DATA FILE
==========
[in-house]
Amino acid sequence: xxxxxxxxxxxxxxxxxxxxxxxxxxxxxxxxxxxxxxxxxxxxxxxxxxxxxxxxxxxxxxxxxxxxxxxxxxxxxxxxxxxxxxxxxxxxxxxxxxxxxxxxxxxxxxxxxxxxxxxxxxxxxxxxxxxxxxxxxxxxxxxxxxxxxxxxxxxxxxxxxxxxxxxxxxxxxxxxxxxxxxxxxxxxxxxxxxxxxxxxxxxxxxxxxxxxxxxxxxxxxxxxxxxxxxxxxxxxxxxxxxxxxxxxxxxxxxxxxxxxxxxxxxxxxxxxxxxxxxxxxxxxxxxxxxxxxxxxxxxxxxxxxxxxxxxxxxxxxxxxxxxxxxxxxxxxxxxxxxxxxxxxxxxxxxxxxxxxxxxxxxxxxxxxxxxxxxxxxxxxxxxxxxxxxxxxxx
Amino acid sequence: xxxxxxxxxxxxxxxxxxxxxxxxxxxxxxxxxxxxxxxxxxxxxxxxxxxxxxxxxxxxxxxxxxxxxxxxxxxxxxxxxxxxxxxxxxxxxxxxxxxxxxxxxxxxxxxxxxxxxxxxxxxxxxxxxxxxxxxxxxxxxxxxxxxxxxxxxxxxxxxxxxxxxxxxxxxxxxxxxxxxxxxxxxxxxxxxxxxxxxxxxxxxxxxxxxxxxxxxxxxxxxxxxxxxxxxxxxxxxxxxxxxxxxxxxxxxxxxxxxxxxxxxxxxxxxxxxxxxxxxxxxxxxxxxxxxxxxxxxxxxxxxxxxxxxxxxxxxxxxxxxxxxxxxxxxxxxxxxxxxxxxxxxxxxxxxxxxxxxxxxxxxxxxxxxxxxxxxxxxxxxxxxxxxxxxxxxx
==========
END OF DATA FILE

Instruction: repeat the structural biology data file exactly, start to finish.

[in-house]
Amino acid sequence: xxxxxxxxxxxxxxxxxxxxxxxxxxxxxxxxxxxxxxxxxxxxxxxxxxxxxxxxxxxxxxxxxxxxxxxxxxxxxxxxxxxxxxxxxxxxxxxxxxxxxxxxxxxxxxxxxxxxxxxxxxxxxxxxxxxxxxxxxxxxxxxxxxxxxxxxxxxxxxxxxxxxxxxxxxxxxxxxxxxxxxxxxxxxxxxxxxxxxxxxxxxxxxxxxxxxxxxxxxxxxxxxxxxxxxxxxxxxxxxxxxxxxxxxxxxxxxxxxxxxxxxxxxxxxxxxxxxxxxxxxxxxxxxxxxxxxxxxxxxxxxxxxxxxxxxxxxxxxxxxxxxxxxxxxxxxxxxxxxxxxxxxxxxxxxxxxxxxxxxxxxxxxxxxxxxxxxxxxxxxxxxxxxxxxxxxxx
Amino acid sequence: xxxxxxxxxxxxxxxxxxxxxxxxxxxxxxxxxxxxxxxxxxxxxxxxxxxxxxxxxxxxxxxxxxxxxxxxxxxxxxxxxxxxxxxxxxxxxxxxxxxxxxxxxxxxxxxxxxxxxxxxxxxxxxxxxxxxxxxxxxxxxxxxxxxxxxxxxxxxxxxxxxxxxxxxxxxxxxxxxxxxxxxxxxxxxxxxxxxxxxxxxxxxxxxxxxxxxxxxxxxxxxxxxxxxxxxxxxxxxxxxxxxxxxxxxxxxxxxxxxxxxxxxxxxxxxxxxxxxxxxxxxxxxxxxxxxxxxxxxxxxxxxxxxxxxxxxxxxxxxxxxxxxxxxxxxxxxxxxxxxxxxxxxxxxxxxxxxxxxxxxxxxxxxxxxxxxxxxxxxxxxxxxxxxxxxxxxx